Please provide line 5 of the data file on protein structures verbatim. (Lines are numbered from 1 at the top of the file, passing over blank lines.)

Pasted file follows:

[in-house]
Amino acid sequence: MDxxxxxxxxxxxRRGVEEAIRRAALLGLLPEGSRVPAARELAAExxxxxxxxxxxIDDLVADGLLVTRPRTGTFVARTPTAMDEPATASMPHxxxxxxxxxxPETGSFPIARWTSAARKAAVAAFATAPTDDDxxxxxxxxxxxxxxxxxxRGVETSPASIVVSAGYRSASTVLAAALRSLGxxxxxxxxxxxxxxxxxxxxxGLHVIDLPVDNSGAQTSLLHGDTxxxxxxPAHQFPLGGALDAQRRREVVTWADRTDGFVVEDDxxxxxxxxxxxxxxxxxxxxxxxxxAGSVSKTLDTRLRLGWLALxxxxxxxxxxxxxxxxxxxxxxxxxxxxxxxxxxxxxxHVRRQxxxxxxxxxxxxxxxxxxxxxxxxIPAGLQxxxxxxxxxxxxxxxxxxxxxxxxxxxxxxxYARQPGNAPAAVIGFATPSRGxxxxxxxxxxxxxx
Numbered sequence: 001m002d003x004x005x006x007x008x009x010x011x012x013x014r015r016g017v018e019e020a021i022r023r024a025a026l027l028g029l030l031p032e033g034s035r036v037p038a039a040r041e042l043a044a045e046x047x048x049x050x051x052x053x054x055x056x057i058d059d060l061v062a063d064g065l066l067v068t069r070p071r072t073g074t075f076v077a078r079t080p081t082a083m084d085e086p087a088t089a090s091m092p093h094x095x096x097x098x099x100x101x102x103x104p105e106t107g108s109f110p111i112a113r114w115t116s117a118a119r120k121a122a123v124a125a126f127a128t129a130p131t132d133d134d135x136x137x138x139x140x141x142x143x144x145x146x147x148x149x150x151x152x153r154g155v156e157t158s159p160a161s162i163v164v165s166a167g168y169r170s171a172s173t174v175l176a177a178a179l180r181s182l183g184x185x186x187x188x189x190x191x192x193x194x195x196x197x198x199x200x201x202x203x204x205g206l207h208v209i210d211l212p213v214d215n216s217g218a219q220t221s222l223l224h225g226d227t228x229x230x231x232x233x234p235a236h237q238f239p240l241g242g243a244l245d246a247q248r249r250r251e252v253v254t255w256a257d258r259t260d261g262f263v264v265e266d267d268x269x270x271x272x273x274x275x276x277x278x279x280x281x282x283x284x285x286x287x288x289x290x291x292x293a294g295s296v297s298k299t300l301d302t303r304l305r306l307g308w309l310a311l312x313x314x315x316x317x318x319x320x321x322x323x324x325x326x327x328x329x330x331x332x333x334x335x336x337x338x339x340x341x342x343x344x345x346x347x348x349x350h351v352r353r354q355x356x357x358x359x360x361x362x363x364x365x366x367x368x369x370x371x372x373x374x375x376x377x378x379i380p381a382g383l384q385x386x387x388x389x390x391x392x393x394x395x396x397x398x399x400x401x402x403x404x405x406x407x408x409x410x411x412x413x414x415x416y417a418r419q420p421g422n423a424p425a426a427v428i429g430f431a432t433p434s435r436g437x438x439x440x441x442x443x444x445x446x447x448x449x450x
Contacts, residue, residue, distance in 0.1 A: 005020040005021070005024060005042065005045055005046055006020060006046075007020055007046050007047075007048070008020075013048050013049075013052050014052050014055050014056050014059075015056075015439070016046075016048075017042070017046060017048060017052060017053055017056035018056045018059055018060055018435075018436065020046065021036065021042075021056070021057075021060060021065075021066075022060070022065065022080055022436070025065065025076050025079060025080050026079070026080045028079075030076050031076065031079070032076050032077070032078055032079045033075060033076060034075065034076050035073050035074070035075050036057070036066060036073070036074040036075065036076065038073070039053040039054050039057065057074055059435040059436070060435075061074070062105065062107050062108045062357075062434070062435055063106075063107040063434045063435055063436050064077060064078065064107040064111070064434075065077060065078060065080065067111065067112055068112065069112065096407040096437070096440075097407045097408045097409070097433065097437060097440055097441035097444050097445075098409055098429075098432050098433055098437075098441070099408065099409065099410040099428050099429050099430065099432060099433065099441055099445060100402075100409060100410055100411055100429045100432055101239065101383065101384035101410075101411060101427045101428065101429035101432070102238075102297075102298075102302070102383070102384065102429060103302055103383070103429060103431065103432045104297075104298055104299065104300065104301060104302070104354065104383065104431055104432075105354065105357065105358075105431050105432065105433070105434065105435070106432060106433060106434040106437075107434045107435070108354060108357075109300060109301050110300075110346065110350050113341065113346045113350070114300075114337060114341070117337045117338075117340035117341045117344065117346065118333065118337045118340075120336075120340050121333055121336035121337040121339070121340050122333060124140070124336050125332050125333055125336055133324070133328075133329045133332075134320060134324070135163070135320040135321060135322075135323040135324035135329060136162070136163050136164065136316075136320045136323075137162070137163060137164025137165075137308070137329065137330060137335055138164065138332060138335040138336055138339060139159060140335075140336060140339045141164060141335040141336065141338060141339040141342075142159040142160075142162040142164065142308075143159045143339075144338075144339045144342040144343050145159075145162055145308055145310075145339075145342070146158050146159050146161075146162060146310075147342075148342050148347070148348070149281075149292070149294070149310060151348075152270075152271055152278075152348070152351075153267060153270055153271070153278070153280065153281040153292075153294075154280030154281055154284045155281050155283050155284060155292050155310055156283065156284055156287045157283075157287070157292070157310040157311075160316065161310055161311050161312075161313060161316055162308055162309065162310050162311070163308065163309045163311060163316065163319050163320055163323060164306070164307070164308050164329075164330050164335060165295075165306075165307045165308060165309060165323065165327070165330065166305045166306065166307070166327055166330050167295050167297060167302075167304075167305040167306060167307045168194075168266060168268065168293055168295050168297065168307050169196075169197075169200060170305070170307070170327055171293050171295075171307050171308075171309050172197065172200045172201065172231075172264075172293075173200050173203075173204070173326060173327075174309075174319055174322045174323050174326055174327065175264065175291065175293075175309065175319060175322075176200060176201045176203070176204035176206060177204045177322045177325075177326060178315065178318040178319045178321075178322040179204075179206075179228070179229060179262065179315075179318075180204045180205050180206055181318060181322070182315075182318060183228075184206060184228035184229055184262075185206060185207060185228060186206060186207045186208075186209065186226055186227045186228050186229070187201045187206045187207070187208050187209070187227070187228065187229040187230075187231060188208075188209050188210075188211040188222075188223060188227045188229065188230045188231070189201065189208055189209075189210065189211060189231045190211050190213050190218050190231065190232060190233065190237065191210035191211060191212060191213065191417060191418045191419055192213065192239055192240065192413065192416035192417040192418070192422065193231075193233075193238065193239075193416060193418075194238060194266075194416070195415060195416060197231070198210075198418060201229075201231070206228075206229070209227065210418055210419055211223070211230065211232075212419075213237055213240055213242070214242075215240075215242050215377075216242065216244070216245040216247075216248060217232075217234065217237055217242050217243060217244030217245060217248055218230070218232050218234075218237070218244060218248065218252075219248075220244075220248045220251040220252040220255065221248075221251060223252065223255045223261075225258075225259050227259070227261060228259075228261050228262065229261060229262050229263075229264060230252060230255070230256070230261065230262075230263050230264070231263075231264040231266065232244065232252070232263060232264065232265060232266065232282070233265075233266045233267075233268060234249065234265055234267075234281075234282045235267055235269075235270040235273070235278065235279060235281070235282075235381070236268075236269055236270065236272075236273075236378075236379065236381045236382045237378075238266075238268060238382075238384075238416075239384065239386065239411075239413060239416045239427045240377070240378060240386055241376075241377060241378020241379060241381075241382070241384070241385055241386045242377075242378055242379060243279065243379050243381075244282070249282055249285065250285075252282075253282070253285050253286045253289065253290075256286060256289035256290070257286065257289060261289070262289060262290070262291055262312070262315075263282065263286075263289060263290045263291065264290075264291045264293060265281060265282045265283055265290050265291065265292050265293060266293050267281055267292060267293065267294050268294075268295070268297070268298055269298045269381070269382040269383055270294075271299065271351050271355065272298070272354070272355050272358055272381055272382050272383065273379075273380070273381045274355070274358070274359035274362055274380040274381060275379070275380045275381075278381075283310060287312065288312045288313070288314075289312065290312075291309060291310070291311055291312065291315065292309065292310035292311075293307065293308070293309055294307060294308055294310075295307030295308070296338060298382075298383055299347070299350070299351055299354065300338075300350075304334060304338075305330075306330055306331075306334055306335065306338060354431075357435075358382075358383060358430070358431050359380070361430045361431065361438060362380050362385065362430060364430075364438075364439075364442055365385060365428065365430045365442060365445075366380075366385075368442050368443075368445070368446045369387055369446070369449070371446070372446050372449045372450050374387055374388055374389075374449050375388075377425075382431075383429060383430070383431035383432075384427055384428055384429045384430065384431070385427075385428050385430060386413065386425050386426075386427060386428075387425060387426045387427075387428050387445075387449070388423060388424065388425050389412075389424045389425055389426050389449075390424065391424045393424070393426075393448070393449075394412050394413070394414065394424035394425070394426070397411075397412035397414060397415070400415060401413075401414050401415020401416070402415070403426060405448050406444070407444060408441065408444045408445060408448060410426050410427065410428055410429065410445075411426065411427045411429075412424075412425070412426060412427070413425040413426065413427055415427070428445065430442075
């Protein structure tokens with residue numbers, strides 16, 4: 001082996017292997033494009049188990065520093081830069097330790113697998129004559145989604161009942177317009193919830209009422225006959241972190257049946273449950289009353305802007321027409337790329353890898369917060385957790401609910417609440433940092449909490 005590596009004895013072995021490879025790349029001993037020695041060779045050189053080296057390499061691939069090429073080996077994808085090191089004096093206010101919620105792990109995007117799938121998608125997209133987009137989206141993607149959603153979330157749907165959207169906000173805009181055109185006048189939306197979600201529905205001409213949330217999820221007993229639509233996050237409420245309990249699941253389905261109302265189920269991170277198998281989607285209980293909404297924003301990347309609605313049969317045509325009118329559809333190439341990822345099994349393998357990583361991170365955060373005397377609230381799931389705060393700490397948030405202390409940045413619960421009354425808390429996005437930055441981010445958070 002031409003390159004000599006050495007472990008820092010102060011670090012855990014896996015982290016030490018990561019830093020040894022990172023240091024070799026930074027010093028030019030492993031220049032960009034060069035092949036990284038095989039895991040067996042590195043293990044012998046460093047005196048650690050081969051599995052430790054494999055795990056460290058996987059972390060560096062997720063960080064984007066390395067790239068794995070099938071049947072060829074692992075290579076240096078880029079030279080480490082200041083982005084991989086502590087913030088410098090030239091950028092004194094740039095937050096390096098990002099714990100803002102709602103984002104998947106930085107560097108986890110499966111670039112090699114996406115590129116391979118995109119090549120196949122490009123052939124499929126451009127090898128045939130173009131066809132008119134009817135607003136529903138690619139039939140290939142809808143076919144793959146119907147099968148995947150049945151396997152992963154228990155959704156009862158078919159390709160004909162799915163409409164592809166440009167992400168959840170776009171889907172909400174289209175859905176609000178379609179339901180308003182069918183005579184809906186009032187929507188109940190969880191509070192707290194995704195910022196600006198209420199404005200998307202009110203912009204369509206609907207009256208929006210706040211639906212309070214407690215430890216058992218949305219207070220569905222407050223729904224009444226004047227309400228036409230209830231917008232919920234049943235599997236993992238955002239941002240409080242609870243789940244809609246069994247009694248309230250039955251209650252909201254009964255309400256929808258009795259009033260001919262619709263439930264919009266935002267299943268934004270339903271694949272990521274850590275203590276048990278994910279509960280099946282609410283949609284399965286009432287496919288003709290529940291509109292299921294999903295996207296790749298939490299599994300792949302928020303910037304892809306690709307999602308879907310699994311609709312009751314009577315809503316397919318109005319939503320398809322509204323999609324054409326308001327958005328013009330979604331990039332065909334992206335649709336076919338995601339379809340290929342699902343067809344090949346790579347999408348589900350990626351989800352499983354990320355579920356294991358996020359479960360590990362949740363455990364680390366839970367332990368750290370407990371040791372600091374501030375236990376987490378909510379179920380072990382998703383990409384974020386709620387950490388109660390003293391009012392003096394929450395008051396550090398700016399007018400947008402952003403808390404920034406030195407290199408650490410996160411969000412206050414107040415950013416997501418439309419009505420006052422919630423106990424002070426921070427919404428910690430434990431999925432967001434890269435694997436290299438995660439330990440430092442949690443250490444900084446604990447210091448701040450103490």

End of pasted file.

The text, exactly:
């Protein structure tokens with residue numbers, strides 16, 4: 001082996017292997033494009049188990065520093081830069097330790113697998129004559145989604161009942177317009193919830209009422225006959241972190257049946273449950289009353305802007321027409337790329353890898369917060385957790401609910417609440433940092449909490 005590596009004895013072995021490879025790349029001993037020695041060779045050189053080296057390499061691939069090429073080996077994808085090191089004096093206010101919620105792990109995007117799938121998608125997209133987009137989206141993607149959603153979330157749907165959207169906000173805009181055109185006048189939306197979600201529905205001409213949330217999820221007993229639509233996050237409420245309990249699941253389905261109302265189920269991170277198998281989607285209980293909404297924003301990347309609605313049969317045509325009118329559809333190439341990822345099994349393998357990583361991170365955060373005397377609230381799931389705060393700490397948030405202390409940045413619960421009354425808390429996005437930055441981010445958070 002031409003390159004000599006050495007472990008820092010102060011670090012855990014896996015982290016030490018990561019830093020040894022990172023240091024070799026930074027010093028030019030492993031220049032960009034060069035092949036990284038095989039895991040067996042590195043293990044012998046460093047005196048650690050081969051599995052430790054494999055795990056460290058996987059972390060560096062997720063960080064984007066390395067790239068794995070099938071049947072060829074692992075290579076240096078880029079030279080480490082200041083982005084991989086502590087913030088410098090030239091950028092004194094740039095937050096390096098990002099714990100803002102709602103984002104998947106930085107560097108986890110499966111670039112090699114996406115590129116391979118995109119090549120196949122490009123052939124499929126451009127090898128045939130173009131066809132008119134009817135607003136529903138690619139039939140290939142809808143076919144793959146119907147099968148995947150049945151396997152992963154228990155959704156009862158078919159390709160004909162799915163409409164592809166440009167992400168959840170776009171889907172909400174289209175859905176609000178379609179339901180308003182069918183005579184809906186009032187929507188109940190969880191509070192707290194995704195910022196600006198209420199404005200998307202009110203912009204369509206609907207009256208929006210706040211639906212309070214407690215430890216058992218949305219207070220569905222407050223729904224009444226004047227309400228036409230209830231917008232919920234049943235599997236993992238955002239941002240409080242609870243789940244809609246069994247009694248309230250039955251209650252909201254009964255309400256929808258009795259009033260001919262619709263439930264919009266935002267299943268934004270339903271694949272990521274850590275203590276048990278994910279509960280099946282609410283949609284399965286009432287496919288003709290529940291509109292299921294999903295996207296790749298939490299599994300792949302928020303910037304892809306690709307999602308879907310699994311609709312009751314009577315809503316397919318109005319939503320398809322509204323999609324054409326308001327958005328013009330979604331990039332065909334992206335649709336076919338995601339379809340290929342699902343067809344090949346790579347999408348589900350990626351989800352499983354990320355579920356294991358996020359479960360590990362949740363455990364680390366839970367332990368750290370407990371040791372600091374501030375236990376987490378909510379179920380072990382998703383990409384974020386709620387950490388109660390003293391009012392003096394929450395008051396550090398700016399007018400947008402952003403808390404920034406030195407290199408650490410996160411969000412206050414107040415950013416997501418439309419009505420006052422919630423106990424002070426921070427919404428910690430434990431999925432967001434890269435694997436290299438995660439330990440430092442949690443250490444900084446604990447210091448701040450103490």